852 RARE: A Wealth of Pocket-Sized Portraits

Example of a cabinet card.
Cabinet card
William Penn Lyon (1822-1913)
Wisconsin lawyer, soldier, and legislator
E.R. Curtiss, Photographer, undated
Madison, WI
HOLLIS 006869721

You may have seen some of our larger than life portraits of legal figures such as Oliver Wendell Holmes, Jr. or John Marshall, but did you know that we also have a wonderful collection of pocket-sized portraits in the form of cabinet cards and cartes de visite? The collection features more than 700 formal portraits of lawyers, judges, and law professors, primarily from the United States and Western Europe. These photographs will be of interest to those studying legal history, the history of photography, and anyone curious about the past.

Patented in 1854 by French photographer, André-Adolphe-Eugène Disdéri (1819-1899), the carte de visite is a small photograph mounted on a stiff piece of card the size of a formal visiting card (hence the name). Compared to daguerreotypes, they were much less expensive to make and easily leant themselves to mass production and marketing. Cards featuring public figures such as entertainers, royalty, and politicians were marketed as collectibles to the European community.

The 1860s marked the height of the carte de visite craze and by the 1870s they were being replaced by the larger “cabinet cards.” While the small size of carte de visites (approximately 4.5 x 2.5 inches) made them ideal for being collected in albums, cabinet cards (approximately 6.5 x 4.5 inches) were large enough to display on their own and viewed across a room.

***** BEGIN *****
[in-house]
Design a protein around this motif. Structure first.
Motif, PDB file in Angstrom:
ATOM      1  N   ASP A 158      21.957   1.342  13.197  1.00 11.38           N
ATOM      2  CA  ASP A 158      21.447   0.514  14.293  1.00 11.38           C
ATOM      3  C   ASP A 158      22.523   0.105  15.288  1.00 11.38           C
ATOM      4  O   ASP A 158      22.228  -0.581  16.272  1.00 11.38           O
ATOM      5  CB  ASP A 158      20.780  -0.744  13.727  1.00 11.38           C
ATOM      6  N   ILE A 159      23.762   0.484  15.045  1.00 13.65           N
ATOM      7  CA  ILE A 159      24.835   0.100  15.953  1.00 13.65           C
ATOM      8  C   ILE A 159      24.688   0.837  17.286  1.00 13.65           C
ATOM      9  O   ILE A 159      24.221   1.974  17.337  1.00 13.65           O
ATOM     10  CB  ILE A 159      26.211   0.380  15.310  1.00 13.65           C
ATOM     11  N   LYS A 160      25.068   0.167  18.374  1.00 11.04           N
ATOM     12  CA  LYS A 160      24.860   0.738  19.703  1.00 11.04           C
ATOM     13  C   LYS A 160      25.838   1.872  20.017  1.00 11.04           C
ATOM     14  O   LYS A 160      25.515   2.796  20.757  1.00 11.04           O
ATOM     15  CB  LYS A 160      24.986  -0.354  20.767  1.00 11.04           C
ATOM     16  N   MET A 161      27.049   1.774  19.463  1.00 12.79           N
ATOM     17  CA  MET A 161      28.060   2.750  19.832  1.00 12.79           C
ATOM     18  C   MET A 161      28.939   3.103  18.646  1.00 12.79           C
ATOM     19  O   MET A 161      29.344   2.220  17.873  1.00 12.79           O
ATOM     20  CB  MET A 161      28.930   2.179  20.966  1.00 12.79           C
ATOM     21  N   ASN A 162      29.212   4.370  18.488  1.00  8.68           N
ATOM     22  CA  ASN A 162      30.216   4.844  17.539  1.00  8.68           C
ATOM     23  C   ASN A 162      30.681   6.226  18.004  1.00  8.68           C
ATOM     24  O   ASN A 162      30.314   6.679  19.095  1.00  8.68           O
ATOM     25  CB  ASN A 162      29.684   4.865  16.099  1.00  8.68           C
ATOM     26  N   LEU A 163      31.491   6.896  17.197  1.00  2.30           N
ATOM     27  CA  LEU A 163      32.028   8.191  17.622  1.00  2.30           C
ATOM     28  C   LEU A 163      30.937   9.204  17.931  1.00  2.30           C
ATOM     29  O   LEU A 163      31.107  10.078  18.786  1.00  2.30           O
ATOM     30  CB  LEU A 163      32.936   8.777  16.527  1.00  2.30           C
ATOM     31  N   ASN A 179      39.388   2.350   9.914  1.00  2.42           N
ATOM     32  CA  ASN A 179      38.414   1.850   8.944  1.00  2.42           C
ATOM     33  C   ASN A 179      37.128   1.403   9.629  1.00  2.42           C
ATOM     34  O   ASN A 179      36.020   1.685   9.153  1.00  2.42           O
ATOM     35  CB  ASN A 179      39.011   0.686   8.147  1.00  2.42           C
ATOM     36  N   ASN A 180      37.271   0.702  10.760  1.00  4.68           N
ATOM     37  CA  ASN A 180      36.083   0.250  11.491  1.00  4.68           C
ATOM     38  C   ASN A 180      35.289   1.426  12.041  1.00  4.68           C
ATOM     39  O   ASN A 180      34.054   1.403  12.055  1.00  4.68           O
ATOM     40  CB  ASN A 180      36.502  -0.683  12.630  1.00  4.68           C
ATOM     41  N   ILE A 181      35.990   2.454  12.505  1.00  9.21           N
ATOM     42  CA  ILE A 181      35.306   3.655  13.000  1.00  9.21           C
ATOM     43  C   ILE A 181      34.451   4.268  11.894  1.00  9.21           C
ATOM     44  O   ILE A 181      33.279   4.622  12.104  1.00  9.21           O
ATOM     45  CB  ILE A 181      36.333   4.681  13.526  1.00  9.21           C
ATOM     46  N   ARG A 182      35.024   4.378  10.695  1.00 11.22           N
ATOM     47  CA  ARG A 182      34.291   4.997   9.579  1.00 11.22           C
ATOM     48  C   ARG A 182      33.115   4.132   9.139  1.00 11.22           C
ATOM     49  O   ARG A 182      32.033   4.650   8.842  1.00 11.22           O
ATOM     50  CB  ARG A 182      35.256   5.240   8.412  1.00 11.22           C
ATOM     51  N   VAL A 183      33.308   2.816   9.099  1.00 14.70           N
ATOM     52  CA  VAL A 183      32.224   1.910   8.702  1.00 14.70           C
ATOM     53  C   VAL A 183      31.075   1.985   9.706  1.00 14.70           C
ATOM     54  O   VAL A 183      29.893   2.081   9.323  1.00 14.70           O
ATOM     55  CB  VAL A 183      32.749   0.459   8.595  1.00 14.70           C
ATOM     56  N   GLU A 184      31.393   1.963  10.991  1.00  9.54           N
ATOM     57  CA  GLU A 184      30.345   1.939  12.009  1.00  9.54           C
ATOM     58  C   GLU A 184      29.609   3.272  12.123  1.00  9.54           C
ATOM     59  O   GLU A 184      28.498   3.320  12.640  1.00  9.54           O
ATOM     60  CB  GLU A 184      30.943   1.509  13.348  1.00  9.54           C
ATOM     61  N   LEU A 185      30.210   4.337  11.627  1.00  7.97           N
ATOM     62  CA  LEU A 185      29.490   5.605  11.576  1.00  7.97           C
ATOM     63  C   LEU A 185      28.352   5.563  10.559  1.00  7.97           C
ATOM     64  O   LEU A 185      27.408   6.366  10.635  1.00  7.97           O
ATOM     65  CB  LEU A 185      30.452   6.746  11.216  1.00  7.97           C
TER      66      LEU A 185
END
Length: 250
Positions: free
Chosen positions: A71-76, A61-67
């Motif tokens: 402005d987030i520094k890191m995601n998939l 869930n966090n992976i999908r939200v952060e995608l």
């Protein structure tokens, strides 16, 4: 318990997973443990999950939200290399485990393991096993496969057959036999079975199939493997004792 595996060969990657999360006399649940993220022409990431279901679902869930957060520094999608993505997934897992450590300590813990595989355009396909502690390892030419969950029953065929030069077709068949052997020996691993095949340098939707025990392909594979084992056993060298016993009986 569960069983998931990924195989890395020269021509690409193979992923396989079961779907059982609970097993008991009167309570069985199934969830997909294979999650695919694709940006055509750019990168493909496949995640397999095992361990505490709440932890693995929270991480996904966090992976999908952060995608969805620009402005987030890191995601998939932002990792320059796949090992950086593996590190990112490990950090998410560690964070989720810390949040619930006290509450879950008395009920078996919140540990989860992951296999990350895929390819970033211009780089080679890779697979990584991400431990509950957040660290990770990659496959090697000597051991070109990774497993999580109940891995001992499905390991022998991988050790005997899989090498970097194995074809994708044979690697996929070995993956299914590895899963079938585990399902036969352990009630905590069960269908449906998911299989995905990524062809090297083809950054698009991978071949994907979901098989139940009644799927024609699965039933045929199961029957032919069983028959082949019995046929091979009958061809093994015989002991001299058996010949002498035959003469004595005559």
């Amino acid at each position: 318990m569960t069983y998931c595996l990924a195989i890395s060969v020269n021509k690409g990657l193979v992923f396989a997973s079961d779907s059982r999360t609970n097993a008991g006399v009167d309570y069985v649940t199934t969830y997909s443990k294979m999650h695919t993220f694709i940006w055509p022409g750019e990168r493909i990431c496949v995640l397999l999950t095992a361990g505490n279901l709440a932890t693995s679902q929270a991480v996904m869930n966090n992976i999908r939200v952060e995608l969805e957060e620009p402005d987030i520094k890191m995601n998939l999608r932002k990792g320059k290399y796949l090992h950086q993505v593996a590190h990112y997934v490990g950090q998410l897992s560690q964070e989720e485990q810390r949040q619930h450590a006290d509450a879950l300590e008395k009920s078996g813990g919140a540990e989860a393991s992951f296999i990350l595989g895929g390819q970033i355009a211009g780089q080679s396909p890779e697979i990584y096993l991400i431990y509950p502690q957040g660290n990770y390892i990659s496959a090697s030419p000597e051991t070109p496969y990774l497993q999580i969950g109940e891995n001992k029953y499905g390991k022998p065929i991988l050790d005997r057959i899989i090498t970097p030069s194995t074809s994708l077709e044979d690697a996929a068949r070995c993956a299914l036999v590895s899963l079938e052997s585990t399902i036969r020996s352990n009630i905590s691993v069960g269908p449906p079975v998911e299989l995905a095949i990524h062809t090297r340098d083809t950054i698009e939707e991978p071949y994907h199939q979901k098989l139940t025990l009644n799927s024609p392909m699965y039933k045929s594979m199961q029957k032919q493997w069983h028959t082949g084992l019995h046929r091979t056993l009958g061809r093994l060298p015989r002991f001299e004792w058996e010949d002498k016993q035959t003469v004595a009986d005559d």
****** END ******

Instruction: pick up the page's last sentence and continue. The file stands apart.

Carte de visite of Sir Richard Paul Amphlett (1809-1883) English barrister and politicianThe London Stereoscopic & Photographic Company, 1875? London, England
Carte de visite (recto)
Sir Richard Paul Amphlett (1809-1883)
English barrister and politician
The London Stereoscopic & Photographic Company, 1875?
London, England
HOLLIS 006850371



Hon. Baron Amphlett_verso
Carte de visite (verso)
Sir Richard Paul Amphlett (1809-1883)

Whether you want to investigate nineteenth century facial hair, compare wigs on English barristers, or learn more about a Wisconsin lawyer, this collection is worth some time exploring. For those interested in further information about the collection, we have an inventory we’d be happy to share with you. Inquiries can be directed to [email protected]







Sources: Baldwin, Gordon. Looking at Photographs: A guide to technical terms. Malibu, Calif.: J. Paul Getty Museum in association with British Museum Press, 1991; Linkman, Audrey. The Victorians: Photographic Portraits. London: Tauris Parke Books, 1993; Reilly, James M. Care and Identification of 19th-Century Photographic Prints. Rochester, NY: Eastman Kodak, 1986.

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